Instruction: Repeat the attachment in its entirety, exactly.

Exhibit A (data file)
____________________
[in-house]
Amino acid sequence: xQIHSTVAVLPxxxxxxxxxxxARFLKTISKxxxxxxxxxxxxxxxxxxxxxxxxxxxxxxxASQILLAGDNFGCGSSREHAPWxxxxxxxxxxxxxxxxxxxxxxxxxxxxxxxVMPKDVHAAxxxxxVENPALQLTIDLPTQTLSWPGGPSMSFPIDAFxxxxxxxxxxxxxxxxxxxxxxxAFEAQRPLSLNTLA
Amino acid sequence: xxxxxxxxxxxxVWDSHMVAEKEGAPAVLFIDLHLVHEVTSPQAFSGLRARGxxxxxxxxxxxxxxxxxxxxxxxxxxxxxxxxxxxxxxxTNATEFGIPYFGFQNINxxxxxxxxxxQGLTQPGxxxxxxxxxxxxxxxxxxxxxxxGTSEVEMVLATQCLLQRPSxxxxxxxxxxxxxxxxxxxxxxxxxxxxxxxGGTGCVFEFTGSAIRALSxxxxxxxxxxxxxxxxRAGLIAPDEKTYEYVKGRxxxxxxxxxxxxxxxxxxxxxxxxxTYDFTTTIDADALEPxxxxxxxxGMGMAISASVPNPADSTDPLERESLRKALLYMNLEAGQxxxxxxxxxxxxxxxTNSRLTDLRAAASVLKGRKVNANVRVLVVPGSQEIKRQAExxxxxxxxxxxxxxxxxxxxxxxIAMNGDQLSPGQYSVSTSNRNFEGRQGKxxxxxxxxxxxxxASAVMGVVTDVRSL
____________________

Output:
[in-house]
Amino acid sequence: xQIHSTVAVLPxxxxxxxxxxxARFLKTISKxxxxxxxxxxxxxxxxxxxxxxxxxxxxxxxASQILLAGDNFGCGSSREHAPWxxxxxxxxxxxxxxxxxxxxxxxxxxxxxxxVMPKDVHAAxxxxxVENPALQLTIDLPTQTLSWPGGPSMSFPIDAFxxxxxxxxxxxxxxxxxxxxxxxAFEAQRPLSLNTLA
Amino acid sequence: xxxxxxxxxxxxVWDSHMVAEKEGAPAVLFIDLHLVHEVTSPQAFSGLRARGxxxxxxxxxxxxxxxxxxxxxxxxxxxxxxxxxxxxxxxTNATEFGIPYFGFQNINxxxxxxxxxxQGLTQPGxxxxxxxxxxxxxxxxxxxxxxxGTSEVEMVLATQCLLQRPSxxxxxxxxxxxxxxxxxxxxxxxxxxxxxxxGGTGCVFEFTGSAIRALSxxxxxxxxxxxxxxxxRAGLIAPDEKTYEYVKGRxxxxxxxxxxxxxxxxxxxxxxxxxTYDFTTTIDADALEPxxxxxxxxGMGMAISASVPNPADSTDPLERESLRKALLYMNLEAGQxxxxxxxxxxxxxxxTNSRLTDLRAAASVLKGRKVNANVRVLVVPGSQEIKRQAExxxxxxxxxxxxxxxxxxxxxxxIAMNGDQLSPGQYSVSTSNRNFEGRQGKxxxxxxxxxxxxxASAVMGVVTDVRSL